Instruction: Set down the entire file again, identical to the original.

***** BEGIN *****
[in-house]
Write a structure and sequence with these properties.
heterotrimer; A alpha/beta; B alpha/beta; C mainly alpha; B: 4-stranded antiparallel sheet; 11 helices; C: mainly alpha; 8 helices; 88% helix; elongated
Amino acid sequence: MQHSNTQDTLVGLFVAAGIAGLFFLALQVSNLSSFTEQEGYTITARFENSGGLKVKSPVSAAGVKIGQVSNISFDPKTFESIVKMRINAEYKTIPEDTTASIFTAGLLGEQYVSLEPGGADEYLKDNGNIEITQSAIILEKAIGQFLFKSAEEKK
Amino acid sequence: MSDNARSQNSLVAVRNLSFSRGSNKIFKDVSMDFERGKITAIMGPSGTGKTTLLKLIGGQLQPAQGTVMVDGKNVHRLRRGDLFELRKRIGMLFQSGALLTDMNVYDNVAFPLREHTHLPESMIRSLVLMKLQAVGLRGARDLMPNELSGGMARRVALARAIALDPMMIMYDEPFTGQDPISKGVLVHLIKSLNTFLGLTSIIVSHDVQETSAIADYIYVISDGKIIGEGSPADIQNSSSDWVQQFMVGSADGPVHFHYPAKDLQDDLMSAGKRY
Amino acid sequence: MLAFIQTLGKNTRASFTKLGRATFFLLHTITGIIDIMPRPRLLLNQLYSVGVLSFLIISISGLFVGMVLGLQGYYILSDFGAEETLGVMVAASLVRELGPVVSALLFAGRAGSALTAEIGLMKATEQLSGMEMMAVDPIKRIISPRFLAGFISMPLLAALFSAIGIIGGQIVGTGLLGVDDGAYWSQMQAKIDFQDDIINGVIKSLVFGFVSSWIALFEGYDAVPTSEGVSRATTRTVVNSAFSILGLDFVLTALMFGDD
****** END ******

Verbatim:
[in-house]
Write a structure and sequence with these properties.
heterotrimer; A alpha/beta; B alpha/beta; C mainly alpha; B: 4-stranded antiparallel sheet; 11 helices; C: mainly alpha; 8 helices; 88% helix; elongated
Amino acid sequence: MQHSNTQDTLVGLFVAAGIAGLFFLALQVSNLSSFTEQEGYTITARFENSGGLKVKSPVSAAGVKIGQVSNISFDPKTFESIVKMRINAEYKTIPEDTTASIFTAGLLGEQYVSLEPGGADEYLKDNGNIEITQSAIILEKAIGQFLFKSAEEKK
Amino acid sequence: MSDNARSQNSLVAVRNLSFSRGSNKIFKDVSMDFERGKITAIMGPSGTGKTTLLKLIGGQLQPAQGTVMVDGKNVHRLRRGDLFELRKRIGMLFQSGALLTDMNVYDNVAFPLREHTHLPESMIRSLVLMKLQAVGLRGARDLMPNELSGGMARRVALARAIALDPMMIMYDEPFTGQDPISKGVLVHLIKSLNTFLGLTSIIVSHDVQETSAIADYIYVISDGKIIGEGSPADIQNSSSDWVQQFMVGSADGPVHFHYPAKDLQDDLMSAGKRY
Amino acid sequence: MLAFIQTLGKNTRASFTKLGRATFFLLHTITGIIDIMPRPRLLLNQLYSVGVLSFLIISISGLFVGMVLGLQGYYILSDFGAEETLGVMVAASLVRELGPVVSALLFAGRAGSALTAEIGLMKATEQLSGMEMMAVDPIKRIISPRFLAGFISMPLLAALFSAIGIIGGQIVGTGLLGVDDGAYWSQMQAKIDFQDDIINGVIKSLVFGFVSSWIALFEGYDAVPTSEGVSRATTRTVVNSAFSILGLDFVLTALMFGDD